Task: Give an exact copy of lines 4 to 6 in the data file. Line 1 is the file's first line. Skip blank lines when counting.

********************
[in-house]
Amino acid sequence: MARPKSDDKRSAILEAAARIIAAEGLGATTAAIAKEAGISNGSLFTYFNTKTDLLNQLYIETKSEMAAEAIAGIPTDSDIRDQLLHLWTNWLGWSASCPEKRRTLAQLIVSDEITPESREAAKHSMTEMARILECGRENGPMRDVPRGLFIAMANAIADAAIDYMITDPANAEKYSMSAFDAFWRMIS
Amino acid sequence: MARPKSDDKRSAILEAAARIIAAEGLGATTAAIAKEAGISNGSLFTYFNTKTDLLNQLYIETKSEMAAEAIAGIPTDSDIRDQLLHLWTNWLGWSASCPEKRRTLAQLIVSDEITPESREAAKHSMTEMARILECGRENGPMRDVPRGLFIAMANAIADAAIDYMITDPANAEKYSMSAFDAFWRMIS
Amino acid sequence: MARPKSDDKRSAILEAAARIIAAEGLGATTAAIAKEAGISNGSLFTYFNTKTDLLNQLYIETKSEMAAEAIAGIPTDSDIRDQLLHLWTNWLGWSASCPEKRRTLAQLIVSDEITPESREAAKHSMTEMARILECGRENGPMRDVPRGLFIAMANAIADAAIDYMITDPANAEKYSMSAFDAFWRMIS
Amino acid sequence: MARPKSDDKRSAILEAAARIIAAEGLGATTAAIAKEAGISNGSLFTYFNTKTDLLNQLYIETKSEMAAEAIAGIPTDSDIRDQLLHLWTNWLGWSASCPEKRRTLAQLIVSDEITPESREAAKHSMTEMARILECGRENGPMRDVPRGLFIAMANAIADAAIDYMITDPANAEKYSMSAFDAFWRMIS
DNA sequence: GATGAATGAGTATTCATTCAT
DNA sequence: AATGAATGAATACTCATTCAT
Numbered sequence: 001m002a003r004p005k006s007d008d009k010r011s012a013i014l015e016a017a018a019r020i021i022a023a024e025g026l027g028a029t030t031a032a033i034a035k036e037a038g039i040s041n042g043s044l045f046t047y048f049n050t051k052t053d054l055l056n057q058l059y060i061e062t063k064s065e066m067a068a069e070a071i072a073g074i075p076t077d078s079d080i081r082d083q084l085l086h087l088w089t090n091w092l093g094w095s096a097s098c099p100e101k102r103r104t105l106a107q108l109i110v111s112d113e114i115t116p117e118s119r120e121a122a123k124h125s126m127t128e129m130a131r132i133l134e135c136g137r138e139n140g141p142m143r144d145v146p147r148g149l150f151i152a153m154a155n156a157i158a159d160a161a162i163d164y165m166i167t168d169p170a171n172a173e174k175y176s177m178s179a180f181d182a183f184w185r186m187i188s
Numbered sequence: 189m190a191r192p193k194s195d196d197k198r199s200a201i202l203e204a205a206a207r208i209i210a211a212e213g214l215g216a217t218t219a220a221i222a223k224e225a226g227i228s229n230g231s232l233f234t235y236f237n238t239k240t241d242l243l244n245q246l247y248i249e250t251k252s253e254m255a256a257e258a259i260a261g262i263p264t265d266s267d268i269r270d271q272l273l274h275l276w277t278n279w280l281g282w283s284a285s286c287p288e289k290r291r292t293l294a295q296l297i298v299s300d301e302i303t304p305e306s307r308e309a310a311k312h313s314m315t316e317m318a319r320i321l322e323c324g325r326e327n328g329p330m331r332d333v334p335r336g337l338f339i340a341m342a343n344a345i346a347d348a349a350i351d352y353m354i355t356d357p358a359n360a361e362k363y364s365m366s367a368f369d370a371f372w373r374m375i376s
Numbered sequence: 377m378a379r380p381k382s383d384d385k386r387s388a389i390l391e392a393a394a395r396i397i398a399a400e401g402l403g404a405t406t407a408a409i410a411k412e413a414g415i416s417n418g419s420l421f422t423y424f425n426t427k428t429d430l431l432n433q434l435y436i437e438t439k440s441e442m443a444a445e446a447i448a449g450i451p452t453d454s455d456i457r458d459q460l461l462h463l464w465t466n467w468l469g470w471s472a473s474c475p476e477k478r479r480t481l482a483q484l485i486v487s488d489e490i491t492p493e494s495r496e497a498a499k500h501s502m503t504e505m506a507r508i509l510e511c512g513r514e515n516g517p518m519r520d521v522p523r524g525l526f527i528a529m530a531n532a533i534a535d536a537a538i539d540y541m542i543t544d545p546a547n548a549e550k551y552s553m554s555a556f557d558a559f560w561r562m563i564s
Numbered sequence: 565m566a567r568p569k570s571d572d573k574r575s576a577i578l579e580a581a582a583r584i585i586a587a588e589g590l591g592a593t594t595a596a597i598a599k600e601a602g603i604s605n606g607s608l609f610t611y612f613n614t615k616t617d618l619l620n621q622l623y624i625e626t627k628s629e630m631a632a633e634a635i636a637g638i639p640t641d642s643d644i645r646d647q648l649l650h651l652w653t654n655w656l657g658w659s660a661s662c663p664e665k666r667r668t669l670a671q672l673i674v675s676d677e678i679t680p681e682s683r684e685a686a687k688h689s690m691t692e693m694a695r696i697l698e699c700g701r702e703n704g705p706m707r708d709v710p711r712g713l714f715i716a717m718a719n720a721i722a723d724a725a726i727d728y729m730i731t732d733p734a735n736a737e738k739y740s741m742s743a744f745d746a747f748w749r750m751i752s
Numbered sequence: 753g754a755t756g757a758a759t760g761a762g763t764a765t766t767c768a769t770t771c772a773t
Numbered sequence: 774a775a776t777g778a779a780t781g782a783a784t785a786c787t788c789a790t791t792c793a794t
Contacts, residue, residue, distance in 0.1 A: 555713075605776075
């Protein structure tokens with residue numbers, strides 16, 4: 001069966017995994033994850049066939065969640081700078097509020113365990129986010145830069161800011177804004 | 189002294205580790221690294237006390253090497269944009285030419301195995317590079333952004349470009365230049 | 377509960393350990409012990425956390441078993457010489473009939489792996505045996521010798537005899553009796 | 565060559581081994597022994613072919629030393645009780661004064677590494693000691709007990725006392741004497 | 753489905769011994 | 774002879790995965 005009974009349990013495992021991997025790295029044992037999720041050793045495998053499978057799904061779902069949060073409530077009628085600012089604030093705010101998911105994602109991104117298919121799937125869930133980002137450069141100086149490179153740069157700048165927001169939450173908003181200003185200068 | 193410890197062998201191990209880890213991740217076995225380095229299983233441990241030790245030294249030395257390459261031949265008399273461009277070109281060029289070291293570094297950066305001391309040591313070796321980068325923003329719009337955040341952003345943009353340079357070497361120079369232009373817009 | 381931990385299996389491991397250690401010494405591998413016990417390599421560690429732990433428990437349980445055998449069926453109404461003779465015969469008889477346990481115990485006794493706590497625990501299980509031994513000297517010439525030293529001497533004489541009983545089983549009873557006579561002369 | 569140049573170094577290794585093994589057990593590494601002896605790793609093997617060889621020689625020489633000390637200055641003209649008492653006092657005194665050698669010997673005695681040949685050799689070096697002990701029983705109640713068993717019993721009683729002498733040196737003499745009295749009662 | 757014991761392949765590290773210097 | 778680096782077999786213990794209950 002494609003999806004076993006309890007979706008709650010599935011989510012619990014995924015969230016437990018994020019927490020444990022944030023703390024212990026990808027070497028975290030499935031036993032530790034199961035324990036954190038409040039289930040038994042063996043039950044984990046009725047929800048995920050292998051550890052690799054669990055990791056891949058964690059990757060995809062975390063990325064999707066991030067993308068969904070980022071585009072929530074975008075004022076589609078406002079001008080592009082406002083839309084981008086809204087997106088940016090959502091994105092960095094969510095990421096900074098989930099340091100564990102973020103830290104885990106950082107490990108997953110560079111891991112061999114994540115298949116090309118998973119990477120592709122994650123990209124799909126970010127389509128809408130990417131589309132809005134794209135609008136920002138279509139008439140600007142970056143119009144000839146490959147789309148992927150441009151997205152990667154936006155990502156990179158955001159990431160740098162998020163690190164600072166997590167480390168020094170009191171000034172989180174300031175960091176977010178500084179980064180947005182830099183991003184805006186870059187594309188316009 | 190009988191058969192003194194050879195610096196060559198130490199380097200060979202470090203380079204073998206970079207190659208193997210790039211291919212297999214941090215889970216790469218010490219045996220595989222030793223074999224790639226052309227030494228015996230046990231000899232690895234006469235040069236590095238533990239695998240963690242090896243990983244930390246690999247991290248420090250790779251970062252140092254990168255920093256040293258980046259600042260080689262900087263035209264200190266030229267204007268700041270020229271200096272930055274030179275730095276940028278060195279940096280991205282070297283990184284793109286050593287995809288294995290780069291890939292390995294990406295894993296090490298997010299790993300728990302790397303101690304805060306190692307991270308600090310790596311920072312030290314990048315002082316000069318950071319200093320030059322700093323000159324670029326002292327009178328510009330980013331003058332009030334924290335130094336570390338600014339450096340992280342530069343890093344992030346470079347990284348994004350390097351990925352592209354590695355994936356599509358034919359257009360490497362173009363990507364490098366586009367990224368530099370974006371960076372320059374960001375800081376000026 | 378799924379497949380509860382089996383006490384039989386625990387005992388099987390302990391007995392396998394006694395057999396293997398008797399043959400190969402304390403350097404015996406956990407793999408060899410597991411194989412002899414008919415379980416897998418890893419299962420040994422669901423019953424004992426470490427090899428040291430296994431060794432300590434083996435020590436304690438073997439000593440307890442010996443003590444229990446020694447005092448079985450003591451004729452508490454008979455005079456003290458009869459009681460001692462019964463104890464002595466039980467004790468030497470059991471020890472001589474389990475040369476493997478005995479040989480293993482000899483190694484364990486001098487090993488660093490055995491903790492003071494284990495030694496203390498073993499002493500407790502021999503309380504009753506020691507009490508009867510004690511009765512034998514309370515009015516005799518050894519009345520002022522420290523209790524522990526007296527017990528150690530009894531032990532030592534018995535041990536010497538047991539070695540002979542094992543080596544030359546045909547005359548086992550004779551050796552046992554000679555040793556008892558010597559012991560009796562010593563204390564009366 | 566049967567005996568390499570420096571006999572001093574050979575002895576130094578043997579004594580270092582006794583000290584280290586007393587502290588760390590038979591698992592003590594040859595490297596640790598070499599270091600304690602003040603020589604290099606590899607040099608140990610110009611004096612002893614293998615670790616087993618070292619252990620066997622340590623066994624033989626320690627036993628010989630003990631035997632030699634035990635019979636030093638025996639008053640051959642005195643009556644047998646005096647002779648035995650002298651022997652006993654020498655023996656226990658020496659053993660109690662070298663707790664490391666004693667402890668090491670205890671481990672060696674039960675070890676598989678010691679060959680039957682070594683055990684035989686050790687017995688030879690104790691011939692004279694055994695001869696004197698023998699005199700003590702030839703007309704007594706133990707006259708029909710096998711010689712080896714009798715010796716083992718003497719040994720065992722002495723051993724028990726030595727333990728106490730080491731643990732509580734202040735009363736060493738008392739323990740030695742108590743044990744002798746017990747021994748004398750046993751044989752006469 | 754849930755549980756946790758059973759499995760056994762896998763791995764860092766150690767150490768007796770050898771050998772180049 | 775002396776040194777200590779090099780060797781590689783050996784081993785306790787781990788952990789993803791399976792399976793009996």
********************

Amino acid sequence: MARPKSDDKRSAILEAAARIIAAEGLGATTAAIAKEAGISNGSLFTYFNTKTDLLNQLYIETKSEMAAEAIAGIPTDSDIRDQLLHLWTNWLGWSASCPEKRRTLAQLIVSDEITPESREAAKHSMTEMARILECGRENGPMRDVPRGLFIAMANAIADAAIDYMITDPANAEKYSMSAFDAFWRMIS
Amino acid sequence: MARPKSDDKRSAILEAAARIIAAEGLGATTAAIAKEAGISNGSLFTYFNTKTDLLNQLYIETKSEMAAEAIAGIPTDSDIRDQLLHLWTNWLGWSASCPEKRRTLAQLIVSDEITPESREAAKHSMTEMARILECGRENGPMRDVPRGLFIAMANAIADAAIDYMITDPANAEKYSMSAFDAFWRMIS
DNA sequence: GATGAATGAGTATTCATTCAT